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buy apple account:Premier League clubs reject radical reform plan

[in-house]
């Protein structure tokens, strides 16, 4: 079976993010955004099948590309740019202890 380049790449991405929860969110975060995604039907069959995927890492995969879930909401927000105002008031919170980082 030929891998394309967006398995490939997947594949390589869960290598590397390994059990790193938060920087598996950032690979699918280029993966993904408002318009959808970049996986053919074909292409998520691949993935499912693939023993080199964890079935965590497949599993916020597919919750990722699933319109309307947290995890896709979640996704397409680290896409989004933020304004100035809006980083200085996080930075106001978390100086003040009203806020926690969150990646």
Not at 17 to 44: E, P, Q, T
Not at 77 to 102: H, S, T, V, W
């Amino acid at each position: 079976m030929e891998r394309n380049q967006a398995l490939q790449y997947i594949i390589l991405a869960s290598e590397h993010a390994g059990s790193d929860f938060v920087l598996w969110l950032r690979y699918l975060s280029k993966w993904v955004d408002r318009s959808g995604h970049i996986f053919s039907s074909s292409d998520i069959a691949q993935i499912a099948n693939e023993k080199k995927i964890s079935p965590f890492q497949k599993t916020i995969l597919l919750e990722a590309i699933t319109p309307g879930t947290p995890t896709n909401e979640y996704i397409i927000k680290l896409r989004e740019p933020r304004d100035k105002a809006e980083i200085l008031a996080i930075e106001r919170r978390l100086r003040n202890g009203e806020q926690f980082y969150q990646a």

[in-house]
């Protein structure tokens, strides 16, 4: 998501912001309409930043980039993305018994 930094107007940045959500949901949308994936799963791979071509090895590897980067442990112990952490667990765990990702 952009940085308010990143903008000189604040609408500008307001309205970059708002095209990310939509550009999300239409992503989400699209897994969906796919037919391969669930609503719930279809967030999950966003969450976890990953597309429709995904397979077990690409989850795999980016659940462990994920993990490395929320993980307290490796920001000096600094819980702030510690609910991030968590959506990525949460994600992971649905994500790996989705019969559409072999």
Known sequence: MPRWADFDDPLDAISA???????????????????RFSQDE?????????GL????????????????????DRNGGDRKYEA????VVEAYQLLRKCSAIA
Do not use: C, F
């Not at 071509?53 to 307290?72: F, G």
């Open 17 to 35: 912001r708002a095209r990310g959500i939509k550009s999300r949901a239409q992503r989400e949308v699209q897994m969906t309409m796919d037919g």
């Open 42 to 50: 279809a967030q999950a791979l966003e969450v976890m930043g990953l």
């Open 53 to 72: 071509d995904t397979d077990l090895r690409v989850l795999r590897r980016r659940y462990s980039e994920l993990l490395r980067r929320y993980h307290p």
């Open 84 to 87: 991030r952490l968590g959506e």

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View photosv:shape { behavior:url(#default#VML); display:inline-block }v:shapetype { behavior:url(#default#VML); display:inline-block }"Project Big Picture" was rejected by Premier League clubs on WednesdayMorePremier League clubs unanimously agreed on Wednesday to reject the radical "Project Big Picture" plan to restructure English football.Under the controversial proposals, backed by Liverpool and Manchester United, the number of teams in the English top-flight would have been cut from 20 to 18 and the League Cup scrapped.More power would have been handed to the biggest clubs in exchange for a hefty financial package and a greater share of broadcast revenues for the English Football League (EFL).Although endorsed by the vast majority of EFL clubs, the plan drew criticism from the British government, the Football Association, the Premier League and fan groups."All 20 Premier League clubs today unanimously agreed that 'Project Big Picture' will not be endorsed or pursued by the Premier League, or the FA," the Premier League said in a statement.The Premier League shareholders agreed to work on a strategic plan for English football to "ensure a vibrant, competitive and sustainable football pyramid" and announced a rescue package.Project Big Picture, championed by EFL chairman Rick Parry, was seen as a power grab from the Premier League's "big six", also including Arsenal, Chelsea, Manchester City and Tottenham.Those clubs and the three other longest-serving members of the top-tier -- Everton, Southampton and West Ham -- would have held the power to pass or block any major rule changes.Speaking to Parliament's Digital, Culture, Media and Sport committee, Culture Secretary Dowden said the proposals "tended towards a closed shop" for the big six.Dowden's comments come after Football Association chairman Greg Clarke said a breakaway from the Premier League was wielded "as a threat" during talks over the divisive plans.In a letter to the FA council, which convenes on Thursday, Clarke said he had taken part in initial discussions before walking away when he felt the aim had become "the concentration of power and wealth in the hands of a few clubs, with a breakaway league mooted as a threat"." data-reactid="44">- Financial pressures - Pressure has been applied to the Premier League from government to rescue lower league clubs, who face financial ruin without the return of supporters to stadiums.A,

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